On first hearing Drake’s latest single “One Dance,” you might have said something like this: “That’s… Nah it’s not. Yeah it is. No, surely not. Turn it up a bit. Is that? No. Rewind to the start again. That’s Kyla. Isn’t it? It is! Drake is sampling a UK funky track! Alright turn it down again, we’re on a bus.”
If you did say something like that, you weren’t wrong, and as you’ve probably noticed the ever-increasing circles of UK funky devotees have been going wild for the past week over Drake’s use of Kyla’s “Do You Mind?” The track, specifically the Crazy Cousinz remix, was one of the standout hits of funky’s heyday, first released in 2008 and rising in notoriety in the first half of 2009. And it's become Drake's latest British cultural co-sign, since he got his BBK tattoo.
But, as every downvote on a “Drake brought me here” comment on YouTube will tell you, there’s a lot more to this story than Views From the 6. Rewind seven years, against a backdrop of waning UK garage, dubstep and grime scenes, an ebullient strand of house-styled African and West Indian rhythms was capturing UK dance-floors, albeit briefly. “Do You Mind” was one of the totemic tracks of this era. The soulful, syncopated counterpart to head-on vibes of “Giggle Riddim” and the like. The track was the centre of a club sound that so nearly became something.
Which means, intentionally or not, when Drake featured it he was tapping into beats that have been neglected in the UK’s nightclubs for far too long. He also gave a considerable shock to Kyla herself who, completely unknown to her, became an overnight Drake collaborator. Despite having an unimaginably busy week – the sort of busy you must experience when you feature on Drizzy and its online within 24 hours – Kyla found some time to talk to us about the new feature, what it means to her, and UK funky in general.
Noisey: Yo Kyla, thanks for chatting to us. How crazy has the last week been?
Kyla: I’ve had no real time to process it to be honest. It’s been so quick. I feel truly blessed and humbled.
How long have you known this was on the cards?
It’s only been in the past few weeks. Initially – because they wanted to drop the track April 1st – I thought it was an April Fools. It’s not every day Drake calls. I signed all the paperwork last Monday and thought, right, it’ll be a couple of weeks now before it drops. Then the next day, it was out. So, it literally happened overnight. It was brilliant, but I wasn’t ready.
And it’s not just a sample right? You’re billed as a feature.
They first contacted me asking if they could use a sample. But when we were on the phone in a conference call, they asked if we’d like it to be a feature instead. They said that Drake had a third verse but he really liked my part in it and he didn’t want to take me out. So would I like to be a feature because it was more than a sample. I’m not going to say no to that, am I?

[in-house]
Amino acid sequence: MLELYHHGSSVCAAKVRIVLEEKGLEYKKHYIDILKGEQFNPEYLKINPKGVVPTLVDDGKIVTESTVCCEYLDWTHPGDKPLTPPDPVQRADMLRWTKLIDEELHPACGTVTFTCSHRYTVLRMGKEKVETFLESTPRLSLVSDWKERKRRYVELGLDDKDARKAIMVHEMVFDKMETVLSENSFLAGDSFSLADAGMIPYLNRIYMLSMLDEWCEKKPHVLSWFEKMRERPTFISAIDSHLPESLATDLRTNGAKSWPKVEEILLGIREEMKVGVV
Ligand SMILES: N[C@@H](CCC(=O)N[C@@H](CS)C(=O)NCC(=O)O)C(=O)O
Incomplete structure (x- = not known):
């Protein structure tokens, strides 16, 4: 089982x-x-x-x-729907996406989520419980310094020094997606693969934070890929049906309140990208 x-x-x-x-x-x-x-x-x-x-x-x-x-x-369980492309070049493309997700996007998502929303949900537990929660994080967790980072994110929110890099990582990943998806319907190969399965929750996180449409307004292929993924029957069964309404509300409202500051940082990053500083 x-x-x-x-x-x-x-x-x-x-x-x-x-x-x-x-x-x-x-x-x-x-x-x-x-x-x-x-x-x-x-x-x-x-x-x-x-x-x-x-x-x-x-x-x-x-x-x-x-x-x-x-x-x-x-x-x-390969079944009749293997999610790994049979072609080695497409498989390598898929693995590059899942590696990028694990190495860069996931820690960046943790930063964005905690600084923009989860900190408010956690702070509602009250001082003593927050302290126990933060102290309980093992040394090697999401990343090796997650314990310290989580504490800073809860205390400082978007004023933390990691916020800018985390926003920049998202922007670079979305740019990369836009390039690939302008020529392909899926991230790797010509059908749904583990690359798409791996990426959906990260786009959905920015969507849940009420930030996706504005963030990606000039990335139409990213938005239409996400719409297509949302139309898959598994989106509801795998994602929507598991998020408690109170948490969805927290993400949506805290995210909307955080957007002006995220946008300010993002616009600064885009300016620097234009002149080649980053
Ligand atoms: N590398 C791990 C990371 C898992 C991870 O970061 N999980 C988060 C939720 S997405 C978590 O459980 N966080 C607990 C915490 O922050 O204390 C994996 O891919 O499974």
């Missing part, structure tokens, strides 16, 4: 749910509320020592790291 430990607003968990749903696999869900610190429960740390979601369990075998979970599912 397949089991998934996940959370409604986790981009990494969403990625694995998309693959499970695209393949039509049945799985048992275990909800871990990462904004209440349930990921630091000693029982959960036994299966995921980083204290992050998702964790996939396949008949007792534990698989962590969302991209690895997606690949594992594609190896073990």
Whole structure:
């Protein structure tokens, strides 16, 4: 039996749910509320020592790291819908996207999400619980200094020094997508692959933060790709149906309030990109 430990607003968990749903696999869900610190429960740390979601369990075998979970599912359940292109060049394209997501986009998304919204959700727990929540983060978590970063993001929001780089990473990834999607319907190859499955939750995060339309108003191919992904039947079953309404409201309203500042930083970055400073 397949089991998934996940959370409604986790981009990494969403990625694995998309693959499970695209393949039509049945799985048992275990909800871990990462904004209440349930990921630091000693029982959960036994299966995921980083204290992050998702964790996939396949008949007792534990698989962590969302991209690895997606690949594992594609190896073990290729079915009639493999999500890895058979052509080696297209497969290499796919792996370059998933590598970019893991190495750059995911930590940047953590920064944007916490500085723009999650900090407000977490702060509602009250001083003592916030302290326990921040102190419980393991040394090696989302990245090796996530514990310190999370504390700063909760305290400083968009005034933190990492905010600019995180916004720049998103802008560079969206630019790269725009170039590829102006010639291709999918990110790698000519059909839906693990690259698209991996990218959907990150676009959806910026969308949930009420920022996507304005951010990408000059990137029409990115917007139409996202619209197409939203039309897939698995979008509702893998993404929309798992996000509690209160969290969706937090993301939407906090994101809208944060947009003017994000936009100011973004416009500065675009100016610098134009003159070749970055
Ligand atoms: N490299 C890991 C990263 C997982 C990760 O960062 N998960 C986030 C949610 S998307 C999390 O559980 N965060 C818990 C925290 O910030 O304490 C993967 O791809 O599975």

Did you get to hear the track in progress?
They’d already recorded it, and everything was ready to go. They were just waiting for the okay from me. They explained that there’d been leaks of some tracks, so they were playing things really safe and keeping everything to themselves. They wouldn’t even send us the song, it was just played to us over the phone during the meeting.
What do you think of “One Dance” now you’ve been able to listen to it properly a few times?
I thought it was so clever, even when I heard it down the phone. Going in, you only really know your song, so you never really know how sampling will work out. But, I love it. I feel blessed to have my name next to Drake’s.
Do you know how he found “Do You Mind"?
I have no idea. But I was told by Drake’s manager that they’d been listening to it for a good two years in America, and had been wanting to do something with it.
What about Crazy Cousinz and Paleface: have you spoken to them about the whole thing?
I talk to Paleface a lot, as I’m married to him. And Crazy Cousinz are a family unit. Never say never. There’s talks of them doing stuff together again, and I’d love to do something with them.
What have you been up to since the funky heyday?
I went away to get married and build a family, but I was always going to come back to music. When you’ve been in the studio for that long, it’s really hard to get back into the music world. It’s been a good three years, but this feels like the perfect opportunity to return and show everybody what I’ve got.
Could this kickstart a renewed interest in UK funky?
When you talk to Drake’s camp, it’s very obvious that he loves all types of music. He’s very open-minded and that’s very much where I stand as well. I would say it is a great thing for UK funky. I know that with Wizkid he’s very into the afrobeat thing as well, which is similar to funky.
Do you still see yourself as part of that scene?
I always hear people refer to me as the Queen of UK funky, but I’d never really heard funky until the Crazy Cousinz remix. I think it’s just about the music. I love the funky sound but I wouldn’t stick myself in that one genre. When you listen to a lot of my material you’ll see I’ve got a lot of pop, R&B, some funky, some normal house. I’m really proud to have been in the UK funky world – that’s where people first started to recognise me – and I’m humbled to be seen as such a big part of the movement, but there are lots of other sides to me as a performer.
Thanks for chatting to us Kyla. What a time to be alive eh?
You know, you live for these moments. I keep thinking I’m going to go to bed, wake up, and think: that was a really good dream.
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